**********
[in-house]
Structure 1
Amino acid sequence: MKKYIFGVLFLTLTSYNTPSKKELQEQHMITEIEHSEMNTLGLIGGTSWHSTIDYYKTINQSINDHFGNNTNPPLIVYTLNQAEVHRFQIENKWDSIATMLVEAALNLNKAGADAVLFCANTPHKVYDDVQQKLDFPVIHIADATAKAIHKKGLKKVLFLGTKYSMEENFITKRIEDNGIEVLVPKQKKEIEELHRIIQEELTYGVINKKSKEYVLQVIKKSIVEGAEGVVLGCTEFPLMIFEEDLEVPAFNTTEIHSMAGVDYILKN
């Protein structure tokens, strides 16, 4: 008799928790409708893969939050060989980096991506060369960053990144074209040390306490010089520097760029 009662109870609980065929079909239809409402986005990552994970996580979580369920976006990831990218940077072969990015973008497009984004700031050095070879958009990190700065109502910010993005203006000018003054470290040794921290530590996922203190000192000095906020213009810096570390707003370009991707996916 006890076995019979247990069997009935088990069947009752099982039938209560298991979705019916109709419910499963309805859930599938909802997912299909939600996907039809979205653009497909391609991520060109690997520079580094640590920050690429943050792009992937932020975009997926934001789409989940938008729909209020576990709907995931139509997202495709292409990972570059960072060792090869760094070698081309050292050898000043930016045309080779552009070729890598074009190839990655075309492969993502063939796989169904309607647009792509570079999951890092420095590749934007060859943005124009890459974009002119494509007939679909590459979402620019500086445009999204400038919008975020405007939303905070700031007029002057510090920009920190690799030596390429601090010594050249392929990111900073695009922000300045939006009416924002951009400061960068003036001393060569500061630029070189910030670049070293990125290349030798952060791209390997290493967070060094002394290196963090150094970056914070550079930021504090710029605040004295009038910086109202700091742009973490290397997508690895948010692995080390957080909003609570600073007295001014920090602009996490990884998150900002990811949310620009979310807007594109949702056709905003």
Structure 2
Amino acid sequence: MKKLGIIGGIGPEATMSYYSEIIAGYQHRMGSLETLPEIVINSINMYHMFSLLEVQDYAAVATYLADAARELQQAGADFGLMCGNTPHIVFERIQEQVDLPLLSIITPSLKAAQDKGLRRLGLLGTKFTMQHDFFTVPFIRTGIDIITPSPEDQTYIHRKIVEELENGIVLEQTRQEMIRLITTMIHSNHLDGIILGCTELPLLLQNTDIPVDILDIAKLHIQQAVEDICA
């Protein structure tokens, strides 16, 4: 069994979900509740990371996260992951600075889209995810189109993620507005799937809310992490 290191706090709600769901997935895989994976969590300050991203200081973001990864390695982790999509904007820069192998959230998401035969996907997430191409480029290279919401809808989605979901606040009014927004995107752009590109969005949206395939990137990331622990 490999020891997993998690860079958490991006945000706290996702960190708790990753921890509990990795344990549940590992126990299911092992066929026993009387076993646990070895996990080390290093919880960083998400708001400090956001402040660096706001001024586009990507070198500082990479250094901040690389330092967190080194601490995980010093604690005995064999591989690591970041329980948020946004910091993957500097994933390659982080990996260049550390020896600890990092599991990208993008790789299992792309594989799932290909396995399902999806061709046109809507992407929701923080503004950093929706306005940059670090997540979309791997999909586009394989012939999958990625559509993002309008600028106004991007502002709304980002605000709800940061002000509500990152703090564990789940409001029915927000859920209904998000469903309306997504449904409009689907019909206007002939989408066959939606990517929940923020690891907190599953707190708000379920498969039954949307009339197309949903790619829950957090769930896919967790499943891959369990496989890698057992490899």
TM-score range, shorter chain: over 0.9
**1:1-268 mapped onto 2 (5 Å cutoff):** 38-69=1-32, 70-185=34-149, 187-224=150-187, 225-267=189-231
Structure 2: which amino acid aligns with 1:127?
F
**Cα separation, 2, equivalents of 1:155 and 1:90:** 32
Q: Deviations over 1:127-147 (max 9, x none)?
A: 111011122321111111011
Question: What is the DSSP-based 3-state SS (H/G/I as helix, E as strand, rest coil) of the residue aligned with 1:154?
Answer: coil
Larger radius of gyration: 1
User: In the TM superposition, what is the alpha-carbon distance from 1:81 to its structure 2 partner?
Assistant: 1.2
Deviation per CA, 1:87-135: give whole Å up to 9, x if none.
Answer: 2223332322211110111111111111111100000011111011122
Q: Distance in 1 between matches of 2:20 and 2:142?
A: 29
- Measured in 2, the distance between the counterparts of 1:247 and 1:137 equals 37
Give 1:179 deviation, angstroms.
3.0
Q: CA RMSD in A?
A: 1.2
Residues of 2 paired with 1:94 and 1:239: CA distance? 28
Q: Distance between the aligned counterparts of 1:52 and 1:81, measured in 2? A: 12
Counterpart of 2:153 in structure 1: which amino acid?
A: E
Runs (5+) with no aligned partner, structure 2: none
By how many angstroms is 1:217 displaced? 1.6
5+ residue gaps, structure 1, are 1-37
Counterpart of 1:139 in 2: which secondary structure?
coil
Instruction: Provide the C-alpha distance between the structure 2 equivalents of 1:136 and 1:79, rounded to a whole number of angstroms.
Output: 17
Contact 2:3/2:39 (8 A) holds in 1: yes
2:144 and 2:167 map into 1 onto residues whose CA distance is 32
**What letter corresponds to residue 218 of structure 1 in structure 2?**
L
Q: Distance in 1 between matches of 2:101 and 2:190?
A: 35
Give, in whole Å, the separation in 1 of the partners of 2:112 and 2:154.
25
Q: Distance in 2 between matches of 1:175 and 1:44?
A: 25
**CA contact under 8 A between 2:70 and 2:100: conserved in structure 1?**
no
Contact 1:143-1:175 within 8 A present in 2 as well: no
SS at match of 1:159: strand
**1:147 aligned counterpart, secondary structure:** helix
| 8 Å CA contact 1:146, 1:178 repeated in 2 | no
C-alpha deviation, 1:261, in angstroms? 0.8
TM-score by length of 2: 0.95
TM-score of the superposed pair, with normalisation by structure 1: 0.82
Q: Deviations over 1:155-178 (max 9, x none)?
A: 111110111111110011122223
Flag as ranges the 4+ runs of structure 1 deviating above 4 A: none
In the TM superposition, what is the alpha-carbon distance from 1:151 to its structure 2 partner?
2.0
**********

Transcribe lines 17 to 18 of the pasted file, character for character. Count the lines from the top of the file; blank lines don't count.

Larger radius of gyration: 1
User: In the TM superposition, what is the alpha-carbon distance from 1:81 to its structure 2 partner?